The final study would aim to establish whether patients can be risk-stratified for the likelihood of future significant ifosfamide-induced tubulopathy. This would then allow more tailored follow-up strategies for patients deemed to be at risk of developing a clinically significant tubulopathy following completion of chemotherapy. This may improve the speed of detection of at-risk patients whilst simultaneously reducing the burden of investigation for those patients who are at low risk of developing this complication of their treatment.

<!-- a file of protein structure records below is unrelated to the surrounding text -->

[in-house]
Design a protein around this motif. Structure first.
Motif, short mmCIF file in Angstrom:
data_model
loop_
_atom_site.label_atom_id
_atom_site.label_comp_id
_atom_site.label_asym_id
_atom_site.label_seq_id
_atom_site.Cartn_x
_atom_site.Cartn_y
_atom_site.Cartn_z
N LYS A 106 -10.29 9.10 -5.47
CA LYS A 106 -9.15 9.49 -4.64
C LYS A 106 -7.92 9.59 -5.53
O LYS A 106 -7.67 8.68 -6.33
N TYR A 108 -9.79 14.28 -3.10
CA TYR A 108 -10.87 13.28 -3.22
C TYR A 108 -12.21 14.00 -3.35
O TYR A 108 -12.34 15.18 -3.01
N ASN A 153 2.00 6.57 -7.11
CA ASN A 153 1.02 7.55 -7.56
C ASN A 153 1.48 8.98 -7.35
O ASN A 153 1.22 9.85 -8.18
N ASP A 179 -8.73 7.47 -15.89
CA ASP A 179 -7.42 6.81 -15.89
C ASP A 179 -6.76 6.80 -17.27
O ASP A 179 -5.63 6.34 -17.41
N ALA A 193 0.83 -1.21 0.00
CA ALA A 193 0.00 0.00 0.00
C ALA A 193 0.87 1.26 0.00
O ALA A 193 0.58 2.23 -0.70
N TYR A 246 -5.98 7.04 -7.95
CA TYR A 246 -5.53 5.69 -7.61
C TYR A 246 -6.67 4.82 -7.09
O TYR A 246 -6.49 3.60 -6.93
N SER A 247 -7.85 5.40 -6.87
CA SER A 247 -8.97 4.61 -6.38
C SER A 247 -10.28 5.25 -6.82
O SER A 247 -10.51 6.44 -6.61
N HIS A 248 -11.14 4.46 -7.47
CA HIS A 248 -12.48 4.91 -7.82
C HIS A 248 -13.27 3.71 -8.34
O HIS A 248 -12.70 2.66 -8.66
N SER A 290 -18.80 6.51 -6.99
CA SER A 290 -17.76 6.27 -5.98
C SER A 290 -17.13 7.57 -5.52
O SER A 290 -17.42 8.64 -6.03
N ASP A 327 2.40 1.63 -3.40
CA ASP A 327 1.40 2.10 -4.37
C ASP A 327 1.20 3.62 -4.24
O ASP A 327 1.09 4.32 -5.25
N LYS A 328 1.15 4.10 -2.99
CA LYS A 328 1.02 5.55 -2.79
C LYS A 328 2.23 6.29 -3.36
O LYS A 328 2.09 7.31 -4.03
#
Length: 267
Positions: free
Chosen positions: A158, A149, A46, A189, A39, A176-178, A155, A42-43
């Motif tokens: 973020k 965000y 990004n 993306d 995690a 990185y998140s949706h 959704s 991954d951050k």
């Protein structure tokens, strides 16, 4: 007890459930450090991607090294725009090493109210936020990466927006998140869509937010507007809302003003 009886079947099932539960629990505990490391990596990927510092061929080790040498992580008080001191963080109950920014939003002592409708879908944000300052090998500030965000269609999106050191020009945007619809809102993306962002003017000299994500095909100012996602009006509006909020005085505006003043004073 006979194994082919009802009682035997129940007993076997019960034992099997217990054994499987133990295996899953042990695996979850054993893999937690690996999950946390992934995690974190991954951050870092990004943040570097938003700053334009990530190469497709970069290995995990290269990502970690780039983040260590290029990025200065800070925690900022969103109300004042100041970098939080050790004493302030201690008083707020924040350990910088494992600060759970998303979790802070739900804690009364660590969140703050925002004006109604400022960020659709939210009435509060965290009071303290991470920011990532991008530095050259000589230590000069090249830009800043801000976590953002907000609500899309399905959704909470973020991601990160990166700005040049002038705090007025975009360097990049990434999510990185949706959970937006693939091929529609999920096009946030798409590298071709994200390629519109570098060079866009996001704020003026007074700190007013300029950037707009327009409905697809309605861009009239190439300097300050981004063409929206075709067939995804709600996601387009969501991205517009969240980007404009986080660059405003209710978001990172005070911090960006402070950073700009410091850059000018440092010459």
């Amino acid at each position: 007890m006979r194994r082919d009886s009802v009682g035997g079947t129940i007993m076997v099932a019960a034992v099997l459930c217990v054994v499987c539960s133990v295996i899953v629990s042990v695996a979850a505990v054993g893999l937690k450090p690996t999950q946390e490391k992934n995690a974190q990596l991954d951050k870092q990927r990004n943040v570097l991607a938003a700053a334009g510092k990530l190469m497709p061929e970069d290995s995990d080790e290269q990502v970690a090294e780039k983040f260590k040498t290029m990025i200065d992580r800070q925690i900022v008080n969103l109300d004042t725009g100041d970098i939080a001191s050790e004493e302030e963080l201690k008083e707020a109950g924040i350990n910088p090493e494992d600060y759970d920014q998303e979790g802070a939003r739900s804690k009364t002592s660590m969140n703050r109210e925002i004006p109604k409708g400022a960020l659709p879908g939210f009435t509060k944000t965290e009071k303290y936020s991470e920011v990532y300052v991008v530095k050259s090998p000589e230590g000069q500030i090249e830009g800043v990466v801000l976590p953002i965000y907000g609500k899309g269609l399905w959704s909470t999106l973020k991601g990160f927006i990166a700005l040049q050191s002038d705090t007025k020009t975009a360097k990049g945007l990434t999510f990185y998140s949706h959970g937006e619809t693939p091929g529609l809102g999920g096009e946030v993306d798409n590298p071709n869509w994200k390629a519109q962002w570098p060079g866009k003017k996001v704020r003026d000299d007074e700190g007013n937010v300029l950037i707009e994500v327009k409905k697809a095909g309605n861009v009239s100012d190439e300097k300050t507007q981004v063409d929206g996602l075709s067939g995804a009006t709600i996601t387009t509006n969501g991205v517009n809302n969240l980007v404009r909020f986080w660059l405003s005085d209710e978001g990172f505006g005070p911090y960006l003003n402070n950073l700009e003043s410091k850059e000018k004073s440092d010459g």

This study was assessed and approved by an NHS Research Ethics Committee (NHS REC Leeds West Ref 10/H1307/22) prior to commencement. Leeds Teaching Hospitals NHS Trust is a tertiary referral hospital and provides care for approximately 110 new children and young people diagnosed with malignancy per year. All patients within the Regional Oncology Service in Leeds who had completed ifosfamide chemotherapy between 2003 and 2012, and were between 3 months and 5 years from completing treatment, were identified using local records. This was considered to be adequate to assess the feasibility within the clinical environment and the laboratory along with the potential uptake rate by patients. These children had been treated according to standard national chemotherapy protocols for their disease. The only exclusion criterion was the presence of renal impairment or tubulopathy prior to the commencement of treatment with ifosfamide. Information leaflets were sent to identified patients through the post, and patients were then approached at their next clinic appointment to determine their decision regarding participation. All included patients provided written informed consent to participate.